Undercover on the heels of the street elephants....

Dear All

   You may have noticed that I have been less than garrulous of late when it comes to this little newsletter, that's because I have been on the road a bit and the hotels I have been staying in don't stretch to internet, in fact, some of them stretch to call themselves hotels.

   Circumstances arose that made it sensible for me to check the temperature of the street elephant community and to perhaps look at bring a couple more off the road - more on this later in year - and so K. Lord, K. Amp and I took off.

   The news is, as usual, more complicated than it at first appears.

   Firstly, the Thai Elephant Conservation Centre rescue team have got enough funding to do their job and are doing it so thoroughly that there are no elephants on the streets of Bangkok or Pattaya, so said the Surin mahouts, so said the taxi drivers - the TECC themselves said they couldn't guarantee it but they know they have made life difficult for the street mahouts and have 13 baby elephants in custody pending DNA tests.

   Good work all round - we visited the detention centre and, apart from the camp commandant having a tendency to talk to everyone as though they were a dog, were happy to see the eles being well looked after in a forest atmosphere.  If the detention continues for any length of time we'll have to see if we can send them bananas to keep their jumbo prisoners fed.

   We found half a dozen or so outlaw street elephants, split up and out of the way in small towns.  In my field notes there are places like "Behind the big tree next to the coffee shop, next to the oil refinery"; "On the wasteland behind the purple house"; "In the partially abandoned buildings opposite Big C supermarket".

   About 50% were old mahout family mahouts with their family elephant, still trying to make a living the only way they could think of.  The other half were business mahouts with shiny trucks and prematurely split babies - including evidence of a new and worrying practice, a group travelling with a non-descript covered pick-up and a very baby elephant.  At the first sign of the TECC the baby's bundled into the back and hidden - this way the youngest elephants can be smuggled past all but the most inquisitive check point.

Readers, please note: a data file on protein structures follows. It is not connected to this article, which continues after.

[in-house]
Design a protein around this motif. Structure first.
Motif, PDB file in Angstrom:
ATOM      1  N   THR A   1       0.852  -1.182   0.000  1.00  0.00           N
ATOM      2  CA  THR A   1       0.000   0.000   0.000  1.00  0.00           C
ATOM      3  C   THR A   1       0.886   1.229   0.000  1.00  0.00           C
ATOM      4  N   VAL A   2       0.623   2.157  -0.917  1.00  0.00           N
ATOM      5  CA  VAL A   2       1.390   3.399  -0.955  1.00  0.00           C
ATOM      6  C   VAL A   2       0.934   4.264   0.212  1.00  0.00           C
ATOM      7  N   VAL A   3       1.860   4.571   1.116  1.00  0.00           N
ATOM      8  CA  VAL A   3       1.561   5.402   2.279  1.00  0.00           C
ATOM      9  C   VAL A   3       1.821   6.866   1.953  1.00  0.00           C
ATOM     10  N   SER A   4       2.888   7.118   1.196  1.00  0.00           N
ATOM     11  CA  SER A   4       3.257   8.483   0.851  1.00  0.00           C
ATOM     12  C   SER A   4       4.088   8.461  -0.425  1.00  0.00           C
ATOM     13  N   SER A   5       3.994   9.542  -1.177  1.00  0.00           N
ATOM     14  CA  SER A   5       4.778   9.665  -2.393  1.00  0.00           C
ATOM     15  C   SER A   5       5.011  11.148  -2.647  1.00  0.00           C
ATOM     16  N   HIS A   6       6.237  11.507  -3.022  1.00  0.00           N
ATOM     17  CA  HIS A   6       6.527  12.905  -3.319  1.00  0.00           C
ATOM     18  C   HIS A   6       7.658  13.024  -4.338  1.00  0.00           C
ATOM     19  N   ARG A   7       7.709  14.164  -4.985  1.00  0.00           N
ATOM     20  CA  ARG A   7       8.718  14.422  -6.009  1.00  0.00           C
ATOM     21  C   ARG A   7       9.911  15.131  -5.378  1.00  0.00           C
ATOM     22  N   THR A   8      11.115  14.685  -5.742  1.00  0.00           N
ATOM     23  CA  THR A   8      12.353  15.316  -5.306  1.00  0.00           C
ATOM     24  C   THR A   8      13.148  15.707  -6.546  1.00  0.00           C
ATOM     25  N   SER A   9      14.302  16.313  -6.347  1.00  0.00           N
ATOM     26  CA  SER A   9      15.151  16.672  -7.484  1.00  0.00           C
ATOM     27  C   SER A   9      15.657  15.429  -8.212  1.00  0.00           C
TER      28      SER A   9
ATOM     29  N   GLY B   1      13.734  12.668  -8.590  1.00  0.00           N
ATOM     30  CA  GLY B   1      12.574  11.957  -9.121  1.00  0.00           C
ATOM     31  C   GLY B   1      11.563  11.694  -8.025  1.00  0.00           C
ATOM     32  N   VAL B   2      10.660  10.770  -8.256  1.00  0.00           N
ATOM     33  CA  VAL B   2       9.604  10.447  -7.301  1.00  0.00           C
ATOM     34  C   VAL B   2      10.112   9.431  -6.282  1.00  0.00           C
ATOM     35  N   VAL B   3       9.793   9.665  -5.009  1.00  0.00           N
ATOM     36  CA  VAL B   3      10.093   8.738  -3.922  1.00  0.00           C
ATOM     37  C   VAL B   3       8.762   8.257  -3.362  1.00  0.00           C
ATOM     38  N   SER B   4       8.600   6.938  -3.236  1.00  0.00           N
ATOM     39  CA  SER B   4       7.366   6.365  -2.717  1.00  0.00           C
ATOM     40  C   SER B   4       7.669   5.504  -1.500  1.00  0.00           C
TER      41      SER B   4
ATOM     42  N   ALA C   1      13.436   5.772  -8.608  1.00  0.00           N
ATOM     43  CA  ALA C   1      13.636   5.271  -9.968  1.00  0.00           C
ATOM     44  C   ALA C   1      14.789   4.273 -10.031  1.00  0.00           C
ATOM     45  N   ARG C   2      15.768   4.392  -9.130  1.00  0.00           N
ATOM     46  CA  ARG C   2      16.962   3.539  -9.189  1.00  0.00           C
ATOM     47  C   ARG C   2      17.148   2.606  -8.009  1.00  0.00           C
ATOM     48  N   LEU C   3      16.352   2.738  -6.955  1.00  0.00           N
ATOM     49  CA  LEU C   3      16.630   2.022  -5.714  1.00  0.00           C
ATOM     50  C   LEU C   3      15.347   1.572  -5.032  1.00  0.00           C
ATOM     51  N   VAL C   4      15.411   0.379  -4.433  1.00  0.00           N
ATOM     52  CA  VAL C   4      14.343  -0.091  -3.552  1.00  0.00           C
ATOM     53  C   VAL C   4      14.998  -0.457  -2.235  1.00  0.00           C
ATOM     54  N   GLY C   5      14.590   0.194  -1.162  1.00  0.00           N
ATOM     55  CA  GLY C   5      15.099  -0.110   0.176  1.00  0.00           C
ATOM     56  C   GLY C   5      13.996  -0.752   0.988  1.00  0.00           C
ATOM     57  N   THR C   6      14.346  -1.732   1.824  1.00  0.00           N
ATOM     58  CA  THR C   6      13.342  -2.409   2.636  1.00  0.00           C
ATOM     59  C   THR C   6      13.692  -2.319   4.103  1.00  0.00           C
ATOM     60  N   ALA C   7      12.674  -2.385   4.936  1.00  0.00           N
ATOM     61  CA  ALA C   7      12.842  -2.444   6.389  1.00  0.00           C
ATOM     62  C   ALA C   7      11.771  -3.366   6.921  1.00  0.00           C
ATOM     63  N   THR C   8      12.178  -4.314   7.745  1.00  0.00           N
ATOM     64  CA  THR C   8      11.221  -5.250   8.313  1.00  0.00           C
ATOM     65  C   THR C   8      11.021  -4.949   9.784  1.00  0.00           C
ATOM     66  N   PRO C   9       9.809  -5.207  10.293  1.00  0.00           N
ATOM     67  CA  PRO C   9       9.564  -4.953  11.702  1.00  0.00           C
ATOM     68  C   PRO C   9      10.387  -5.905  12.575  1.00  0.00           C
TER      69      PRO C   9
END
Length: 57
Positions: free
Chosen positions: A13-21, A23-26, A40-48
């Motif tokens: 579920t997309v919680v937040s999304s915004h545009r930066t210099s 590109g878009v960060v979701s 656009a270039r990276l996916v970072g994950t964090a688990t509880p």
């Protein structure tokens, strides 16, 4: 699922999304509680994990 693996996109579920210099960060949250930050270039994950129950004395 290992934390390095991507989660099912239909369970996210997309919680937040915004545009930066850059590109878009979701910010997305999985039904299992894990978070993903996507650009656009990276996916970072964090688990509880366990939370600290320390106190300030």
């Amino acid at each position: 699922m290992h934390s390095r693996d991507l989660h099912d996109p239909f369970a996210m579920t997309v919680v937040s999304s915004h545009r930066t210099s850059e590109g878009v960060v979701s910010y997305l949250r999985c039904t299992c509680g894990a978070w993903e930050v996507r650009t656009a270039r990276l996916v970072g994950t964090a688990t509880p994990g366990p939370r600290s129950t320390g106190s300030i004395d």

A lot of the street elephants have gone back to Surin where they will struggle to find fodder and money to survive - Amp and K. Lord went up there to find out the full story and we hope to have a full report within the next week or so.

   The good news is that, despite the bad living areas and stressful lifestyle most of the old time mahouts were looking after their elephants to the best of their ability, genuinely saw this as their only option given the lack of fodder and work at home but, equally importantly, expressed a wish to change their way of life - mainly due directly to the T.E.C.C's increased ability to patrol and arrest these elephants.

   Those business mahouts were less willing to come in from the cold, but they will be caught and if their babies are illegal or unregistered the T.E.C.C. now has the facility to prove this (with the help of the Surin vets and our terse camp commandant) using D.N.A. technology and to confiscate to Lampang on a permanent basis.

   All in all a traumatic but enlightening and uplifting few days.

   There is hope!

 





 
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